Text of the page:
Now to my assertion that our lives are more typified by circumfusion than accretion Is it not true that as children we are possessed of a potential greater than at any other point in our lives? Our every choice, our every experience narrows our lives, limits that potential, turns the course of the stream of our lives to ever narrower ducts and through ever straiter gates. Is not the imagination of every child pared away and diminished by the delimitations of a broader and deeper understanding of the workings of the world? Do not our very aspirations, our hopes and fancies become delimited by those who came before us and decant from the hogsheads of their knowledge the most plebeian brew for our edification, instruction, and containment for our management? Does not every accretion of experience and knowledge more clearly define, and more narrowly, our options?
I maintain that our progress through life is one from potentiality to impotence. I feel this strongly in my current state but I suspect that this does little more than to color my thoughts, not to direct them. In all things our lives break down into simplistic divisions as follows. There is that which we can do and that which we cannot. By this I mean there are those things which we are able to do and those which we are not able to do. Within the subset of those things we can do we find those things that we will do and will not. Will, in this context, I take as meaning that which we are willing do or which we want to do. Within this latter set we find ourselves constrained by those things which we may and may not do. The implication of permission in "may" may is intentional as I refer here to the rule of law, of convention, and even of the "social contract" as limiting factors. A final division therein is that of those things which we choose, which themselves provide the delimiting parameters of subsequent choice to a greater or lesser degree depending on circumstance, the grand arbiter of all these divisions.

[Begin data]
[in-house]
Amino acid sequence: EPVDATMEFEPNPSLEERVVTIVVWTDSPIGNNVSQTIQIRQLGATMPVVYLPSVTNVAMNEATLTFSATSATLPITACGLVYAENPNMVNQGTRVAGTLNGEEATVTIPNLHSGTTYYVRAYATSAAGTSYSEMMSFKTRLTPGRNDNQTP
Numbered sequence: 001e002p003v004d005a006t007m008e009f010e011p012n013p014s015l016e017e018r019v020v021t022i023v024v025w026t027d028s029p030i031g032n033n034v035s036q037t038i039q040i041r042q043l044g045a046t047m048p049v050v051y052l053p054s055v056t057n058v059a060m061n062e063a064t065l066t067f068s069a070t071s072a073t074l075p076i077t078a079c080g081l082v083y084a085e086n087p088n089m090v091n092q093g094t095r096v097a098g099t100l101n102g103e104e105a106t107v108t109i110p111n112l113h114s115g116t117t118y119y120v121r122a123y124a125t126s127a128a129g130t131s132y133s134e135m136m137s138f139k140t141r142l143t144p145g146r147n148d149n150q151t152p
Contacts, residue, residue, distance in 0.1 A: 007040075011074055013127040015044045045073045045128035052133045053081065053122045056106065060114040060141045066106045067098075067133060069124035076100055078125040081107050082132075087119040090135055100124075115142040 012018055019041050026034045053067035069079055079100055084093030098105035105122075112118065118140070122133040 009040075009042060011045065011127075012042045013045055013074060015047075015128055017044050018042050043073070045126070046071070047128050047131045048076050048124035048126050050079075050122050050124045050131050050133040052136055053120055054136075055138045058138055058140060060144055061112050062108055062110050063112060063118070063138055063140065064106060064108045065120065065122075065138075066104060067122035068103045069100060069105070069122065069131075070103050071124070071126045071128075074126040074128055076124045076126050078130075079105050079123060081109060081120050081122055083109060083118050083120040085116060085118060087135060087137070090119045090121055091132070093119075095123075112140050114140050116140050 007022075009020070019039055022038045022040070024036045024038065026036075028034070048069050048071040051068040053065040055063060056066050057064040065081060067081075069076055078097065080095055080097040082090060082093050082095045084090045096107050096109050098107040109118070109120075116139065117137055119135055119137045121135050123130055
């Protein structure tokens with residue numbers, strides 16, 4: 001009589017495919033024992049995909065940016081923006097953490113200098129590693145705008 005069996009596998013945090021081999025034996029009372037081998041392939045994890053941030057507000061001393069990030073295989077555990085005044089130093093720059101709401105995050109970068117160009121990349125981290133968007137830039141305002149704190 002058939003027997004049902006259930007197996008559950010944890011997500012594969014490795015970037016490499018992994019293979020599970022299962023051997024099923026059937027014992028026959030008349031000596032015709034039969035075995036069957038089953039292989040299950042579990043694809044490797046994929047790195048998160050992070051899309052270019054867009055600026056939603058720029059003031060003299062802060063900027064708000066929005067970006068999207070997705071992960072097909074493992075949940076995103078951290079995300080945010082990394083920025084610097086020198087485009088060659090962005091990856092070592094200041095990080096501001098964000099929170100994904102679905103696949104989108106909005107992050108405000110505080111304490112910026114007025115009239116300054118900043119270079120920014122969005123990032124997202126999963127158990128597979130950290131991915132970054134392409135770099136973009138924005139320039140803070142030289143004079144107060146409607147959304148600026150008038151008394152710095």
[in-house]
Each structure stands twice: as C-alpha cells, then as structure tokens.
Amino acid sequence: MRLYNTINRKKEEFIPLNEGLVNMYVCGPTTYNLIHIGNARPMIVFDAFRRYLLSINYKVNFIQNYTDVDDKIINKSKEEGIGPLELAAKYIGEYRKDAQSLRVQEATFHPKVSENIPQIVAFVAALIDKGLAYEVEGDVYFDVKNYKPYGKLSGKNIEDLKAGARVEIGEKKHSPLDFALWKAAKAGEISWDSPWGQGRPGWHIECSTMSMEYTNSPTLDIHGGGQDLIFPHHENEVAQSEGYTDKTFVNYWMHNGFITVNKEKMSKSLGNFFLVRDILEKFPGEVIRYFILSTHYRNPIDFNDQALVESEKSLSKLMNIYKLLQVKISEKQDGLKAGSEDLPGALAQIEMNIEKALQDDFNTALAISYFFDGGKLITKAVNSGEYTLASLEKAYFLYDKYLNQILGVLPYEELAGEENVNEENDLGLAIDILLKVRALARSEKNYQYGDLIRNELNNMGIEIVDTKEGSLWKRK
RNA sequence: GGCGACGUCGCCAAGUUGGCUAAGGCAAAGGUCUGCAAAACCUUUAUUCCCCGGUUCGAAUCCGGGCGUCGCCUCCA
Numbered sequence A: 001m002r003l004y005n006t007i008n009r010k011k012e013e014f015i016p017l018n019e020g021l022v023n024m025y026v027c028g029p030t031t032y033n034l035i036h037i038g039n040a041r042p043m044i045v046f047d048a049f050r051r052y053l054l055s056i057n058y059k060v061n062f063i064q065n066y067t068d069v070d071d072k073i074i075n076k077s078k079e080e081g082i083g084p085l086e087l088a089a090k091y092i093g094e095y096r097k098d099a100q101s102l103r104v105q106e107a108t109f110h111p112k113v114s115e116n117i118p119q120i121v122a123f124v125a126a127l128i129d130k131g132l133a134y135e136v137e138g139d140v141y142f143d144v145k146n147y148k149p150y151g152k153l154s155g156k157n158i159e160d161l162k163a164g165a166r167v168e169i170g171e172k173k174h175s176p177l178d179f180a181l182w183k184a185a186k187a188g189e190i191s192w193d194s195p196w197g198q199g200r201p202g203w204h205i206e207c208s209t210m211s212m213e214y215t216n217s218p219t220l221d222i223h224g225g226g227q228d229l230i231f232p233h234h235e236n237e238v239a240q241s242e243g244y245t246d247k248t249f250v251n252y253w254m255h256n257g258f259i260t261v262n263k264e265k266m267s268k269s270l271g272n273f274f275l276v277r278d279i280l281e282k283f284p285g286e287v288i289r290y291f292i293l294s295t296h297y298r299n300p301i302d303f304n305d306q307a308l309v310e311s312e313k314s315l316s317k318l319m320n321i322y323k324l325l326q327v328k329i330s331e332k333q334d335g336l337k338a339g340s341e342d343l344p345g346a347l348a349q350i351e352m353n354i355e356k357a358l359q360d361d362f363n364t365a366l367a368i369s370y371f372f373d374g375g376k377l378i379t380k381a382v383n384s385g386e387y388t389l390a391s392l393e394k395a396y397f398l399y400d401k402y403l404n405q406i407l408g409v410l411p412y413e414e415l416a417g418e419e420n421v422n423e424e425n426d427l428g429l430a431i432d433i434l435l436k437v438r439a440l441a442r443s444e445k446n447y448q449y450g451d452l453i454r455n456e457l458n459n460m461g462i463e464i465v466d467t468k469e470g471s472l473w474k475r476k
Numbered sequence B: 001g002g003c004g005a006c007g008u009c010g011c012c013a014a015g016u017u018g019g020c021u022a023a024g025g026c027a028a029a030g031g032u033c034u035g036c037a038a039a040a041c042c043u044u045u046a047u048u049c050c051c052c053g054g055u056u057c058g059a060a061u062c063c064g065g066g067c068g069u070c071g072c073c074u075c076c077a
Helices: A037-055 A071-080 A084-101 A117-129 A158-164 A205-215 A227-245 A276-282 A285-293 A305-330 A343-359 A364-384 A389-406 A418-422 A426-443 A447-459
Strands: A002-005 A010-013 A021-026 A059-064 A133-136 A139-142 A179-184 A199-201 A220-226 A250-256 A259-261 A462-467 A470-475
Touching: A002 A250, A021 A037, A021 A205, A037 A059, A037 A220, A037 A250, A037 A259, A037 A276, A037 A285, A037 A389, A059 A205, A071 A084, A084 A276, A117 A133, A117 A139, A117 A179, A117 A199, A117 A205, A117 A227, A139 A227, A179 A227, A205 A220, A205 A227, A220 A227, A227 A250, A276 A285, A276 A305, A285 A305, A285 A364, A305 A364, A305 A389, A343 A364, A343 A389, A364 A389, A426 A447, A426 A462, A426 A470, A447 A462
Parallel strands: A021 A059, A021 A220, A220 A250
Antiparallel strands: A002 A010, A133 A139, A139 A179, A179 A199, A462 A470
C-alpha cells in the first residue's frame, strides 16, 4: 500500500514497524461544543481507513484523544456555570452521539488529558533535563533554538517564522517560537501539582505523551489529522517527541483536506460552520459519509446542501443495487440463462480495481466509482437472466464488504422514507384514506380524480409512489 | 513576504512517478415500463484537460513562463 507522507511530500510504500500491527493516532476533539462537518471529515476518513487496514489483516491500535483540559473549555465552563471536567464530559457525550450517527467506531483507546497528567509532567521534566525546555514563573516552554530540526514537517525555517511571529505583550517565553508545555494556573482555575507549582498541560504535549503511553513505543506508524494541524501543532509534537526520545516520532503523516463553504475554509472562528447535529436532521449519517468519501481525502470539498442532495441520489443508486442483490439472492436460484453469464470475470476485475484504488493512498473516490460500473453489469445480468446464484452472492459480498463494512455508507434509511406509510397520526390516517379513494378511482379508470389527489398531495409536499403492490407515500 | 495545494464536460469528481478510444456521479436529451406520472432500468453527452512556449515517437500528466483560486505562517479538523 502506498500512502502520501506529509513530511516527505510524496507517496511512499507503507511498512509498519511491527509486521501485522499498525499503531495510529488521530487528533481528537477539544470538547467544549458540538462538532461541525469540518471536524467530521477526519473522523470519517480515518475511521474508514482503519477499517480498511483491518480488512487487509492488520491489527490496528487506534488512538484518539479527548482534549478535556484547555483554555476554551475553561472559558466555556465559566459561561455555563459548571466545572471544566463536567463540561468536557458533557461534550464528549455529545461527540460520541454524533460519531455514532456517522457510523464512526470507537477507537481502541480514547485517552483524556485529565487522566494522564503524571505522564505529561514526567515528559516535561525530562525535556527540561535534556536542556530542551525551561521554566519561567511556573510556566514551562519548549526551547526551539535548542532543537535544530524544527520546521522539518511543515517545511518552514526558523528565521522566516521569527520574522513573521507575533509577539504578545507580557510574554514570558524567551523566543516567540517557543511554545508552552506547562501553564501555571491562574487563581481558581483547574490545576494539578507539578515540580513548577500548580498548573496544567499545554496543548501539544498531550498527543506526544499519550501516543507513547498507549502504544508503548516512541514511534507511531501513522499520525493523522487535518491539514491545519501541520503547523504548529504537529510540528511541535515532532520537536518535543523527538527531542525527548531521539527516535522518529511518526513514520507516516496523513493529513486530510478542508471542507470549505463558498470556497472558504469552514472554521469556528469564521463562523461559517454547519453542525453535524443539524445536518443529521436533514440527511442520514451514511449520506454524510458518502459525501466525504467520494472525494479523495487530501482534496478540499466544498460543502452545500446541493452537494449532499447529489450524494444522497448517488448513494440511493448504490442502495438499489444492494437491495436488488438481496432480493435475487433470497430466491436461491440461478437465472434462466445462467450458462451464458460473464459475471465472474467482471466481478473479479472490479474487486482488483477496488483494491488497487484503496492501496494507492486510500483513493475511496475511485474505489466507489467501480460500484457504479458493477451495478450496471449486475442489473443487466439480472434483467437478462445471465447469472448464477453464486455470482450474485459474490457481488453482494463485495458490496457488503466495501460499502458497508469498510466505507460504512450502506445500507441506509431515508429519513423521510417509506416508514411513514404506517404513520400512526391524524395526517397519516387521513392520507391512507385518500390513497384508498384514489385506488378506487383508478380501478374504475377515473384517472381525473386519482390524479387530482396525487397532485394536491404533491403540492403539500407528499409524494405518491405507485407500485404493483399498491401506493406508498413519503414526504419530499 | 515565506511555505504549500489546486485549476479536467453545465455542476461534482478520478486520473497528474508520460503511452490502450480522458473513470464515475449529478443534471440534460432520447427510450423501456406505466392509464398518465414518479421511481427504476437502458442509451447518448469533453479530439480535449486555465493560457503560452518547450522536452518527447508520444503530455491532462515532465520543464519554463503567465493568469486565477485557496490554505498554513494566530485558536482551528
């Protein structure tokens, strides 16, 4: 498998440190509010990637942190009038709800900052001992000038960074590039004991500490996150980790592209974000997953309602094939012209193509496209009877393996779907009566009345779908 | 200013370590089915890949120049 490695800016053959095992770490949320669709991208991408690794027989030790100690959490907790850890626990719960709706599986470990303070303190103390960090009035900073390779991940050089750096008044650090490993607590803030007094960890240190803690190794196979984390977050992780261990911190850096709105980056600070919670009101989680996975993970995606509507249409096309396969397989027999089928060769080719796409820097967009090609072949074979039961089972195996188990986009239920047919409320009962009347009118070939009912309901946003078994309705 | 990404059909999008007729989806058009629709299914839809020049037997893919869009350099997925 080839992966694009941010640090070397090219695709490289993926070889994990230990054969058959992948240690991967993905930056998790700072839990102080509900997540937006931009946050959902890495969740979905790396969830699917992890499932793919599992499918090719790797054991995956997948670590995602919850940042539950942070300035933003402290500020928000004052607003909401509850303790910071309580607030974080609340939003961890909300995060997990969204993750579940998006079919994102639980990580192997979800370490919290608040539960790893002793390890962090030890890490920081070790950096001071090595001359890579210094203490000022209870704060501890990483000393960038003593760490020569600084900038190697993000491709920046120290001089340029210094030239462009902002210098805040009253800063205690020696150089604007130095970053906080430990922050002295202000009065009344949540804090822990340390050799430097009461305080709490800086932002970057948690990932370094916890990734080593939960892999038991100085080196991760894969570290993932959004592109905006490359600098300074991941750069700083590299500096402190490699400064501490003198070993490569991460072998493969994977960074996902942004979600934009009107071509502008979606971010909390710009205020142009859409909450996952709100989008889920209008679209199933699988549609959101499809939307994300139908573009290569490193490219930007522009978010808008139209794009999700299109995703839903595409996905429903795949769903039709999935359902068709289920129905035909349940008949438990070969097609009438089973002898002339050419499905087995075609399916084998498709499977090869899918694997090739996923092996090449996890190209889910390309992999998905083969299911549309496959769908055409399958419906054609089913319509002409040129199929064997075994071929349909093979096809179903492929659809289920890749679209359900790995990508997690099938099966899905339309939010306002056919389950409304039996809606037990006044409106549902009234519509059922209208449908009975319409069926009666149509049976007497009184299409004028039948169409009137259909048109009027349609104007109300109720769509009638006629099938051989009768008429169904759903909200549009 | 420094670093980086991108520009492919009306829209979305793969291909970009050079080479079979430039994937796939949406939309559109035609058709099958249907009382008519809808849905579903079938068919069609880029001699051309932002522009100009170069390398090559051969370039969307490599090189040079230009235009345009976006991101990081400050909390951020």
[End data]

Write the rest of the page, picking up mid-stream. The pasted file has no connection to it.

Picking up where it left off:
Within the sets of options mentioned above we find ourselves diminished continually as we progress through our years. Children enjoy a freedom of imagination and behavior that they surrender as they grow. Youths are prone to acts and thoughts that they surrender to become adults and those shed fancy after conceit after wish as they approach their maturity. The things of maturity, attained, begin to be shed as we progress toward our age and our dotage.
And so, O world which holds me a stranger and ever an outcast in its jaded and jaundiced eye I give to you the words of the bard.
By the way, thank you Good Friend To Whom This Is Addressed for arguing with me and still being my friend for over 40 years. Argument (in the sense of an apology) is rare in the world and almost unheard of in my life. I contend though, that however rare that commodity, I am possessed of a greater bounty of it than any other known to me. This gift to me by you (and by certain of my sons) makes it a thing for which I must be and a thing for which I am grateful."I beg cold comfort, and you are so strait, and so ingrateful, you deny me that."